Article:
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EU CHMP recommends approval of Lynparza as adjuvant treatment for germline BRCA-mutated, HER2-negative high-risk early breast cancer

Rahway, New Jersey
Tuesday, June 28, 2022, 09:00 Hrs  [IST]

AstraZeneca and Merck, known as MSD outside the United States and Canada, announced that the European Medicines Agency’s Committee for Medicinal Products for Human Use (CHMP) has adopted a positive opinion recommending approval of Lynparza for the adjuvant treatment of patients with germline BRCA-mutated (gBRCAm), human epidermal growth factor receptor 2 (HER2)-negative high-risk early breast cancer who have been treated with neoadjuvant or adjuvant chemotherapy.

The CHMP based its positive opinion on results from the phase 3 OlympiA trial presented during the 2021 American Society of Clinical Oncology Annual Meeting and published in The New England Journal of Medicine in June 2021.

Breast cancer is the most commonly diagnosed cancer worldwide, with an estimated 2.3 million patients diagnosed in 2020. In the European Union (EU), one in seven people who were assigned female at birth will develop breast cancer in their lifetime. Approximately 75% of breast cancer patients worldwide are diagnosed with early breast cancer; however, a quarter of these patients will experience disease recurrence following surgery. In Europe, germline BRCA mutations are found in approximately 9% of patients.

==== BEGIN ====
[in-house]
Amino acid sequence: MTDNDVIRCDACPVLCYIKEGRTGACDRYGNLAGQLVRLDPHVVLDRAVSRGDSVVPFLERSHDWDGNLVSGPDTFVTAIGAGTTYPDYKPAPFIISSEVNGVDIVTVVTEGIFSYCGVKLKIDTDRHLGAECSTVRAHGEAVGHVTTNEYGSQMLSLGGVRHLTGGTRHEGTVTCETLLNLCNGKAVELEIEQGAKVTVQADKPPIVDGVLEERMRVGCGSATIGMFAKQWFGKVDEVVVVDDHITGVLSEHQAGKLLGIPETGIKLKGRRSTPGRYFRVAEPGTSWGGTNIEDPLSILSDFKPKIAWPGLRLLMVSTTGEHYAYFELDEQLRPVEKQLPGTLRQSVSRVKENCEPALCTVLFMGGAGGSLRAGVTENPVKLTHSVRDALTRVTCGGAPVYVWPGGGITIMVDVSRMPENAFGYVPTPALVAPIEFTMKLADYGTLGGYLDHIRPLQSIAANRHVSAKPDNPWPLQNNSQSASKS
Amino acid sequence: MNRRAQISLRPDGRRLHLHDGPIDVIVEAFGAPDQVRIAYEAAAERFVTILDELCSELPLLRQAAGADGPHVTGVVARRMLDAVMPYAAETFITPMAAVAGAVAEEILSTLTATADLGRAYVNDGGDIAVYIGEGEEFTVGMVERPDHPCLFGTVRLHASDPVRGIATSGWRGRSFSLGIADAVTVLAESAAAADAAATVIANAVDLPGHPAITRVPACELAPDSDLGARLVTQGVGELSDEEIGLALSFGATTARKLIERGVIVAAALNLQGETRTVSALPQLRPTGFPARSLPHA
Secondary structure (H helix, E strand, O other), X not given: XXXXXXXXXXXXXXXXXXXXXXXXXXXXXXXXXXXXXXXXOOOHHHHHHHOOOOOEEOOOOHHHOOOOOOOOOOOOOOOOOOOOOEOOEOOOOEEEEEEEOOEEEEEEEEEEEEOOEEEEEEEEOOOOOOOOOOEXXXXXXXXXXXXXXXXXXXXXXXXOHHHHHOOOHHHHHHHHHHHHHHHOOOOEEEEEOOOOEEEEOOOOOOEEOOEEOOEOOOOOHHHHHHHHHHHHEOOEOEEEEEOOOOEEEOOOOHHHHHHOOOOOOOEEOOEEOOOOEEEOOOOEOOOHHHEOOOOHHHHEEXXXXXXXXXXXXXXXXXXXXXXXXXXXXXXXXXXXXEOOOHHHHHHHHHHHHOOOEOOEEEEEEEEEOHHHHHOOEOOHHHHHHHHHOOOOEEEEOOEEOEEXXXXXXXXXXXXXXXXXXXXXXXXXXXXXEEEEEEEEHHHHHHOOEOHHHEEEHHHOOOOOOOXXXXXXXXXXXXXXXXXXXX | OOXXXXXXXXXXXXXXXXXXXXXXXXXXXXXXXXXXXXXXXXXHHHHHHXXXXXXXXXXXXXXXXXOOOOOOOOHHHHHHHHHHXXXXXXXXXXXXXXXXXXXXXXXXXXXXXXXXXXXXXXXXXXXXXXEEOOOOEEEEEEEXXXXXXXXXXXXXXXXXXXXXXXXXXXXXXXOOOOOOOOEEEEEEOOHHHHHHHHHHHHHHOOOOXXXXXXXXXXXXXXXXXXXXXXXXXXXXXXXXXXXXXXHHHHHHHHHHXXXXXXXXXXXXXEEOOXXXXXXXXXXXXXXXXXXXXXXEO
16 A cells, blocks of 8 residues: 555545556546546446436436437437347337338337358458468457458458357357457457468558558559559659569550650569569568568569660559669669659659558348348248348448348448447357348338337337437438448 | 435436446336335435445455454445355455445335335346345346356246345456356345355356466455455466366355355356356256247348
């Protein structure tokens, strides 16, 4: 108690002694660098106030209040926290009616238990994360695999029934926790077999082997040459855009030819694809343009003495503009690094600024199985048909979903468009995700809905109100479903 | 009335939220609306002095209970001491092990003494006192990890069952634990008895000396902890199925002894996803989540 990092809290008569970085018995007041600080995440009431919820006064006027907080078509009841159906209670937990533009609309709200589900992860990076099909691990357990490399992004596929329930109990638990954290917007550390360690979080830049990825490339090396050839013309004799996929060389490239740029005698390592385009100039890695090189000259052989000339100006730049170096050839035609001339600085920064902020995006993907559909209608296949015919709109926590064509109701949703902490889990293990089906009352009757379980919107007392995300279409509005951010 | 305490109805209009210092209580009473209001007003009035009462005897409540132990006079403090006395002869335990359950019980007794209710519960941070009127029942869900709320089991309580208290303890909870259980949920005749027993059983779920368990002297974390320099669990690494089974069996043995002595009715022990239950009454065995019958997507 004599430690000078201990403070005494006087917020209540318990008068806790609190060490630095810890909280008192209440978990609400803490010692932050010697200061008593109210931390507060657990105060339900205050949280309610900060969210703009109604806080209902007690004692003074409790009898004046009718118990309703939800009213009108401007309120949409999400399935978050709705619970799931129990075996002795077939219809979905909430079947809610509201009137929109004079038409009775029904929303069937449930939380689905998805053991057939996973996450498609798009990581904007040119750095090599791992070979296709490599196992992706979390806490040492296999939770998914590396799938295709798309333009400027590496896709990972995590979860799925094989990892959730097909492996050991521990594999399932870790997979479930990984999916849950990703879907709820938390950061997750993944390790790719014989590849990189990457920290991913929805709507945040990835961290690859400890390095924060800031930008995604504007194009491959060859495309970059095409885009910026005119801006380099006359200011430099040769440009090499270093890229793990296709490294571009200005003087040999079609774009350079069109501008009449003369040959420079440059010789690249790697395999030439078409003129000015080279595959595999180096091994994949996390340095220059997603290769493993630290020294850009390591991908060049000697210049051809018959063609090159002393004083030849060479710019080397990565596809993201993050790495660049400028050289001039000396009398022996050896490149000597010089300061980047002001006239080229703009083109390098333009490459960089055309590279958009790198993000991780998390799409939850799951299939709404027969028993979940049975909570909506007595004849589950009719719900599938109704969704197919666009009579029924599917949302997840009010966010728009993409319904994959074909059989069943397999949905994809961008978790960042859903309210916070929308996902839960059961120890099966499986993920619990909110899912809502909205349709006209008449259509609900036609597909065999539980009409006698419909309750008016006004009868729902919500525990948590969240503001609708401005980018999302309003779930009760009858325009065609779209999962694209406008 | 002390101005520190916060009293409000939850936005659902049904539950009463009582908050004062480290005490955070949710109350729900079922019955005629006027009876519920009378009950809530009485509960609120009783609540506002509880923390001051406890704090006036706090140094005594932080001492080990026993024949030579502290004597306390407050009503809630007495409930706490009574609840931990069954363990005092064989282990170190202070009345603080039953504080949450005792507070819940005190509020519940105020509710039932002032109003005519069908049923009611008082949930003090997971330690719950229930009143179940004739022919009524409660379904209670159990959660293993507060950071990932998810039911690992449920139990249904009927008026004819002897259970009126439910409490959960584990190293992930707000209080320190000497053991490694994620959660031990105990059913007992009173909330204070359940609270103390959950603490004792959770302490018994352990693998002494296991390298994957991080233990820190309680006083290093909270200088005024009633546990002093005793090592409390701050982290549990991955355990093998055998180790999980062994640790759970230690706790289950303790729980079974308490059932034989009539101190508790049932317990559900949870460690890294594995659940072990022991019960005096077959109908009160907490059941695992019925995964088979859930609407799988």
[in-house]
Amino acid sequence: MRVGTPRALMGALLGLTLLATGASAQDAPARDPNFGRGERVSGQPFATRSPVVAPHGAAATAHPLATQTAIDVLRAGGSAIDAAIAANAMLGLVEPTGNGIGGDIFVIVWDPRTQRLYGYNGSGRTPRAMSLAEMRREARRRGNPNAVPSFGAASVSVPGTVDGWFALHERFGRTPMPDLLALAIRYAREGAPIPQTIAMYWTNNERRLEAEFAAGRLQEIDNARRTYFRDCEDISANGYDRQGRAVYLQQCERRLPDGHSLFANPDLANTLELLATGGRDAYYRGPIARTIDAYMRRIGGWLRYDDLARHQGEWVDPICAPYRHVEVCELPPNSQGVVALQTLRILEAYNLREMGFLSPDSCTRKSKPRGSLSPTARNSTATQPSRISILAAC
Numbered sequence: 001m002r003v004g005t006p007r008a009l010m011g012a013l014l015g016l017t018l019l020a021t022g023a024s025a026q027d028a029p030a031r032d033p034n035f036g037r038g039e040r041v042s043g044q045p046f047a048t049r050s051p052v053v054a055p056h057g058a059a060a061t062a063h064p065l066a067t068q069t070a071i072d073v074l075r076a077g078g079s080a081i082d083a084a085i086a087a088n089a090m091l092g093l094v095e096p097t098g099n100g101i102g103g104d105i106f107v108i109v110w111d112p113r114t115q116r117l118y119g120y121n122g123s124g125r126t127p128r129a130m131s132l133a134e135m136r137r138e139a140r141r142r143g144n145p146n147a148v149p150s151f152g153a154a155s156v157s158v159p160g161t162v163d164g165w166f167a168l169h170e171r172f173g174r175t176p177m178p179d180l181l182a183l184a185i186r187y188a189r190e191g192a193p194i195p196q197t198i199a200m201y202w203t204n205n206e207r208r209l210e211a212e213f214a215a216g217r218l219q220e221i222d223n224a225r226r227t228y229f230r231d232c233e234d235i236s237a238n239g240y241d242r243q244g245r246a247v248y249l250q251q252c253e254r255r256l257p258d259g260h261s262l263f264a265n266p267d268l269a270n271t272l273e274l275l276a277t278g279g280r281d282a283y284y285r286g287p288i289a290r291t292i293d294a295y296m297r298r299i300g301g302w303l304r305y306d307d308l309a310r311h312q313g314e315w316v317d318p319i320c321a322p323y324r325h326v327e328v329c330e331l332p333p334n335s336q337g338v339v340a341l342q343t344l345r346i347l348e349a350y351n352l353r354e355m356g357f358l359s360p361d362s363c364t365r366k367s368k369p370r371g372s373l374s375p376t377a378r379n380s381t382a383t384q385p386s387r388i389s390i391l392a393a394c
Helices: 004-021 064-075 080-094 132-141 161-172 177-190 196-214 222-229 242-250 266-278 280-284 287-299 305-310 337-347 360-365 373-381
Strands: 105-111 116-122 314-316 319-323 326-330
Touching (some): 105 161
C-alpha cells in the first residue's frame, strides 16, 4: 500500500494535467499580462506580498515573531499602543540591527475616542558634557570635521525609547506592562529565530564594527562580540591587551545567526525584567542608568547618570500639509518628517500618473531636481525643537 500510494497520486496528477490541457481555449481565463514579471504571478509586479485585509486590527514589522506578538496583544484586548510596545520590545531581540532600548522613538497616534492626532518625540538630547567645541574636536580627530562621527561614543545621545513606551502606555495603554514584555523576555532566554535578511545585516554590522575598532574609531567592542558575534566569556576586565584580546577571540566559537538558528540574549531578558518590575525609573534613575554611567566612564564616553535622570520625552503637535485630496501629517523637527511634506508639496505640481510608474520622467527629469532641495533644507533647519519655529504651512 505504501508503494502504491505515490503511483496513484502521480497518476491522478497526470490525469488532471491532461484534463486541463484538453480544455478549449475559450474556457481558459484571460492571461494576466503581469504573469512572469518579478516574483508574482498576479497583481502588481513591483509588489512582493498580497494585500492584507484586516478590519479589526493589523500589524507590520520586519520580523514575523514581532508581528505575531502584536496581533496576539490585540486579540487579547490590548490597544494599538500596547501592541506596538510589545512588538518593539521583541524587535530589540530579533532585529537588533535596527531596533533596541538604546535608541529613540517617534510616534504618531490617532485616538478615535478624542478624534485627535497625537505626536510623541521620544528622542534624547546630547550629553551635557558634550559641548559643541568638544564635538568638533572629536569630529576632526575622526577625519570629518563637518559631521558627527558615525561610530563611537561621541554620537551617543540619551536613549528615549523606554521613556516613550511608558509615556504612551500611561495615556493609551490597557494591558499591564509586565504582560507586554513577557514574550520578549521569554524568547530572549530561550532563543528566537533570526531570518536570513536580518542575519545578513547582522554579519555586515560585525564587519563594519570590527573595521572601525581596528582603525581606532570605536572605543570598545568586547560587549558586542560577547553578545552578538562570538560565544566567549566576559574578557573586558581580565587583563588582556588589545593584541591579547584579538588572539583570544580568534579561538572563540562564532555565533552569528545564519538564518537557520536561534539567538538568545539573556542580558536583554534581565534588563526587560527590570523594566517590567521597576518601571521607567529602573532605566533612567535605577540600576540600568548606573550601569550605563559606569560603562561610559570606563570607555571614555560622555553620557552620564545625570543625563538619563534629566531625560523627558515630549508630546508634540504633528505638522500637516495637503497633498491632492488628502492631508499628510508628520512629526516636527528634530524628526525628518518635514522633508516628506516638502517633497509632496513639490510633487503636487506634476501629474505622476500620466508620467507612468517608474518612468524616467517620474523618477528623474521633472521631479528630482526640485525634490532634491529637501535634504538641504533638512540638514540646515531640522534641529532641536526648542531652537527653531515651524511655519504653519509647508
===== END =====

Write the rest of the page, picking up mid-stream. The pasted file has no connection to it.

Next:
Professor Andrew Tutt, Global Chair of the OlympiA phase III trial and Professor of Oncology at The Institute of Cancer Research, London and King’s College London, said: “For patients with high-risk, early-stage breast cancer, the risk of recurrence remains unacceptably high, and cancer will return for more than one in four of these patients. Today’s recommendation is hopeful news for patients in Europe, as we move closer to setting a potential new standard of care that improves overall survival in patients suitable for treatment with olaparib.”

Susan Galbraith, executive vice president, oncology R&D, AstraZeneca, said, “If approved, Lynparza will provide a new targeted treatment option for patients with germline BRCA-mutated, HER2-negative early breast cancer in Europe. By treating patients as early as possible in their disease, we hope to avoid life-threatening recurrence and give people more time with their loved ones.”

Dr. Eliav Barr, senior vice president, head of global clinical development and chief medical officer, Merck Research Laboratories, said, “Patients with germline BRCA-mutated, HER2-negative early breast cancer will often develop breast cancer at an earlier age than those without BRCA mutations, impacting people in their prime. Today’s positive opinion brings us closer to our goal of offering a much-needed new treatment option to these patients in Europe.”